Why change often fails

It’s the kind of problem that keeps small business owners up all night.  You know you need to make certain changes in how your business operates, but you also know the opposition that will come if you try to make those changes.  You’re not even sure the changes you are contemplating will produce the results you want, but you are certain that your business will suffer if you do not make the changes.  You try to determine which of your team members will be supportive and which will be resistant.  Some of the ones you fear will be most resistant are critical to the success of the change, so how can you get them on board?

One of my favorite books on change was written by John Kotter, a professor of leadership at Harvard Business School.  The title is Leading Change.  In the book he provides an eight step process for implementing successful change in an organization.  They are

  1. Establish a sense of urgency
  2. Create a guiding coalition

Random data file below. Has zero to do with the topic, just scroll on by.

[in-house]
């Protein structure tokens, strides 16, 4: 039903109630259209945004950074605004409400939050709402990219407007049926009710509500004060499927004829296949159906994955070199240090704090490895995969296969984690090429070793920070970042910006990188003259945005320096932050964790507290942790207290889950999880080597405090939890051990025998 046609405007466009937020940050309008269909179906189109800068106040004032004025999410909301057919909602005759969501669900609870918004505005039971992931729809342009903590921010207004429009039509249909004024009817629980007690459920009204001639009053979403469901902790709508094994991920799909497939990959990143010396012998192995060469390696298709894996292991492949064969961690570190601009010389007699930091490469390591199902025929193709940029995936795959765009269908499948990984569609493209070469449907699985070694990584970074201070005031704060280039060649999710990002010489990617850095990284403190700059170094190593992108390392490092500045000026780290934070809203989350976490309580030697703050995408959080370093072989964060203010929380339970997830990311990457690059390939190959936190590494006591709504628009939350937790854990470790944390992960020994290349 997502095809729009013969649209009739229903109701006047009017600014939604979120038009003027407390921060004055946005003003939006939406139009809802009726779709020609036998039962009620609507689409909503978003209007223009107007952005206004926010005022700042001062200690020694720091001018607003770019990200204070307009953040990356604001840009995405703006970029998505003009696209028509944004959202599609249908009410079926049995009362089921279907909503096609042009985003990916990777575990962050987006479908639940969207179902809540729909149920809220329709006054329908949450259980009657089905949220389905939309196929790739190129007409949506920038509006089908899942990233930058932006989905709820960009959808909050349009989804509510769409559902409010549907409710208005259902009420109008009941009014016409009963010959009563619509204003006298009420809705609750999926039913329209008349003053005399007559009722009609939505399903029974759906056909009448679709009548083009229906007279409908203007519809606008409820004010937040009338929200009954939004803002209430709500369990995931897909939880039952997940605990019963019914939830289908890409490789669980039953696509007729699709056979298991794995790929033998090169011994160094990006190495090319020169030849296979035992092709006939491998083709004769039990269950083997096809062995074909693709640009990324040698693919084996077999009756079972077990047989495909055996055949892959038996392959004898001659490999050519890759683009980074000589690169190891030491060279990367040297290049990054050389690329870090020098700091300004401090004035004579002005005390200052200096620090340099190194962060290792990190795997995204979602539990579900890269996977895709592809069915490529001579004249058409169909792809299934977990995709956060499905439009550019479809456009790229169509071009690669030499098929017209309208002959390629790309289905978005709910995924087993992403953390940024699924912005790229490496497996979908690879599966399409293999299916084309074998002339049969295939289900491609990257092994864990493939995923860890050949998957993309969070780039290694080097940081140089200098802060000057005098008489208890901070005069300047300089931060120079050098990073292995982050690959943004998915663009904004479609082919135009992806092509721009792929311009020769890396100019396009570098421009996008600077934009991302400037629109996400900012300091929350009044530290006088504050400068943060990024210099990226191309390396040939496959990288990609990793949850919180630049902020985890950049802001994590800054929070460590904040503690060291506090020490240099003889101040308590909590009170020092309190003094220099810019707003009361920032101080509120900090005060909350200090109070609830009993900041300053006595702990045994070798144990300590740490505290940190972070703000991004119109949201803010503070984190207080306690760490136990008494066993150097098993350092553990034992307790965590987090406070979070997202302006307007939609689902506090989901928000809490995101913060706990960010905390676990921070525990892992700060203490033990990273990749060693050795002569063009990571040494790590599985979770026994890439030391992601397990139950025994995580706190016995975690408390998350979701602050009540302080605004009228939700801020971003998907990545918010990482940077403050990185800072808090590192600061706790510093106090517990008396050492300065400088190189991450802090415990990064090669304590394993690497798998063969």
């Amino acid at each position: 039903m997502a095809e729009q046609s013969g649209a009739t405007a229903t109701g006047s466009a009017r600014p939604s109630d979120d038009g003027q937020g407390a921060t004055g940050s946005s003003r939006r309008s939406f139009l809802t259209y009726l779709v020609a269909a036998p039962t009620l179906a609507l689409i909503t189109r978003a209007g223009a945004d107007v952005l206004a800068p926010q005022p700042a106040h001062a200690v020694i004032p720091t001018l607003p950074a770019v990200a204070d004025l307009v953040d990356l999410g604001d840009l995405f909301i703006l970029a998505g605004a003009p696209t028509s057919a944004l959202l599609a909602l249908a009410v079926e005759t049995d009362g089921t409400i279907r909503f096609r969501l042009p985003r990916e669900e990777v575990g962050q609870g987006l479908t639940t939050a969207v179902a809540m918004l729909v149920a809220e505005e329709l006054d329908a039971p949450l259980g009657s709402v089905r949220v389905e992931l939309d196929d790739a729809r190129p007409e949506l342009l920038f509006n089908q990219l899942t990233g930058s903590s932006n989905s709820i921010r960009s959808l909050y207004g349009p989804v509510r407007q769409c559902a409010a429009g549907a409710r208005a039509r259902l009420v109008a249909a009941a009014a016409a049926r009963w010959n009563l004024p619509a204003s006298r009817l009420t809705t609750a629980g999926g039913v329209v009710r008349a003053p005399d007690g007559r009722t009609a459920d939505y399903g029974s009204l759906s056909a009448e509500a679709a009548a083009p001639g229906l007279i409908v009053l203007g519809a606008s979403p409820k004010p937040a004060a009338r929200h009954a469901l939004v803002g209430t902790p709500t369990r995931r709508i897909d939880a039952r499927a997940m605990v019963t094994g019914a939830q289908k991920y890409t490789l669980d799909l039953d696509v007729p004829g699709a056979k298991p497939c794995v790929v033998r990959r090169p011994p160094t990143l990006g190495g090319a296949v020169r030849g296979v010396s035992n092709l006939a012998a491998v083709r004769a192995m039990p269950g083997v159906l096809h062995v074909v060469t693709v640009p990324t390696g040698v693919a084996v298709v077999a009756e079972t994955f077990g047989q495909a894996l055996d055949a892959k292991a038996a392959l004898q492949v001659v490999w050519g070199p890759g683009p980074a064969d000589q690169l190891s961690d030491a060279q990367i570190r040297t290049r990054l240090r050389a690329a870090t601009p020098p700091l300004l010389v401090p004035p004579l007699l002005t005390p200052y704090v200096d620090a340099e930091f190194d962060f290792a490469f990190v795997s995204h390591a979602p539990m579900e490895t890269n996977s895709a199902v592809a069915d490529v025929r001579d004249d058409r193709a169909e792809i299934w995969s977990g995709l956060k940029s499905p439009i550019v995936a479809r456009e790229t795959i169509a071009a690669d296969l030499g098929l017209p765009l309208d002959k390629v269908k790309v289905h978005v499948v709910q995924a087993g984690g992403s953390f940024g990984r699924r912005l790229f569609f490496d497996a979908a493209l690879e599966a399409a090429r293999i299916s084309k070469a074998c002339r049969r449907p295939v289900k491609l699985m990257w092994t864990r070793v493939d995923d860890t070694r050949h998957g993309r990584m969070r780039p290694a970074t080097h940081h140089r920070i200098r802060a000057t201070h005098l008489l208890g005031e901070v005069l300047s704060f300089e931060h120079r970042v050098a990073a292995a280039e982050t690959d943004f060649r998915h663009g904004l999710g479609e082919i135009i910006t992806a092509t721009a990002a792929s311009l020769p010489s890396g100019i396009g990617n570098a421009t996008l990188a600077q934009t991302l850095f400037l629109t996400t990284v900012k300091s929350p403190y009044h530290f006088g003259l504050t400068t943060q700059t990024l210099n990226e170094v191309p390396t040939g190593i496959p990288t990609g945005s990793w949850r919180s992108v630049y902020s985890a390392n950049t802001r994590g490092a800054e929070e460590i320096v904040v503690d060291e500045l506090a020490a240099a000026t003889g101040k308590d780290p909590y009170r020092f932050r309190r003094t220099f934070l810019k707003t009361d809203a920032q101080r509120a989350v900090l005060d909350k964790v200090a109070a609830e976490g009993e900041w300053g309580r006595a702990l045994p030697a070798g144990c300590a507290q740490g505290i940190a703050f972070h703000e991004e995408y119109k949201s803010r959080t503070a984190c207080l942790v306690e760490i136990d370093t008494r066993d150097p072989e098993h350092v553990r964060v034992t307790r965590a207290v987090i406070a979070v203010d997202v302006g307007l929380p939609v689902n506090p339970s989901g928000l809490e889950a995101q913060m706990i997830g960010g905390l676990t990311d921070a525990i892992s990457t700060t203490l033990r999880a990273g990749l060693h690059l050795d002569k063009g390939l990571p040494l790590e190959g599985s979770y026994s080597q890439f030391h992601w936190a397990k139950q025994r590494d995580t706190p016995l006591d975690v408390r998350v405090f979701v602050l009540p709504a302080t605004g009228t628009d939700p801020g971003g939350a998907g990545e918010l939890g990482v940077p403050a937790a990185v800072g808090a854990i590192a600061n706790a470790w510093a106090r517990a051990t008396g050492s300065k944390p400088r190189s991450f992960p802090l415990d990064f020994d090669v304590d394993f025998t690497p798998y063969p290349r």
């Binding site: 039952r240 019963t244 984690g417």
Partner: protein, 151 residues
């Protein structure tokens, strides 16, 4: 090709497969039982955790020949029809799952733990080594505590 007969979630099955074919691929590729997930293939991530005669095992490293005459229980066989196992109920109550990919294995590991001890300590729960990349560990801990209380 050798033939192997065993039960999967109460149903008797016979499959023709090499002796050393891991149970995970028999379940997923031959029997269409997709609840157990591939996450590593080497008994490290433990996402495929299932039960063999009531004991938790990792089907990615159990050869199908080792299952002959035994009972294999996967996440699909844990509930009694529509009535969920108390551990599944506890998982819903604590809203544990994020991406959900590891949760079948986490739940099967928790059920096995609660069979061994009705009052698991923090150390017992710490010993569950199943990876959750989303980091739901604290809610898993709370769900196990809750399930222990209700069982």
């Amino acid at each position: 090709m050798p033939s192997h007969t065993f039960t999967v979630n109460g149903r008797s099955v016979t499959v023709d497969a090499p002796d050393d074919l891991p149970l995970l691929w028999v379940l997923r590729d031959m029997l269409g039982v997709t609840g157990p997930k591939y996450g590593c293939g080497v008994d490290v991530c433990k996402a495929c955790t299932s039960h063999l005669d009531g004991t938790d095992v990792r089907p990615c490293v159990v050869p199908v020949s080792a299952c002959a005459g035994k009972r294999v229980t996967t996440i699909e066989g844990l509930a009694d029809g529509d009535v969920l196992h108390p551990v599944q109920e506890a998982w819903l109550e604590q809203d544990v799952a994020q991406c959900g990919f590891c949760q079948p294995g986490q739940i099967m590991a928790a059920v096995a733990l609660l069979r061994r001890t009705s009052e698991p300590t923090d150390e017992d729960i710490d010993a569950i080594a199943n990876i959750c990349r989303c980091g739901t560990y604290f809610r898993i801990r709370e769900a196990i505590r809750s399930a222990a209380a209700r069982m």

3. Develop a vision and strategy
  4. Communicate the change vision
  5. Empower employees for broad-based action
  6. Generate short-term wins
  7. Consolidate gains and produce more change
  8. Anchor the new approaches in the culture of the organization.

Let me briefly touch on just the first one: establish a sense of urgency.  Kotter believes the failure to do this is one of the primary reasons most change efforts fail.  That has certainly been true for me.  Most of the changes I’ve failed to implement could be attributed to my failure to create a sense of urgency around the change.

People do not want to change until they are convinced the pain of not changing is greater than the pain they will feel when the change is implemented.  As long as they are comfortable with the status quo they will be very resistant to change.  One quick illustration.  Everyone knows that obesity and smoking are not good for one’s health, but how many people wait until they have a heart attack to begin to lose weight and stop smoking?  That initial heart attack creates a sense of urgency and suddenly they realize that they need to make major changes in their lifestyles if they want to enjoy a long productive life.  The same is true with any change that is needed.

Do not begin your efforts to introduce change with “what” until you have addressed the “why.”  Explain why the change is needed and the likely results if the change doesn’t happen.  If you can create the sense of urgency you are much more likely to get buy-in for your change efforts.

If you have not read Kotter’s book I highly recommend it before your next effort to introduce change to your organization.

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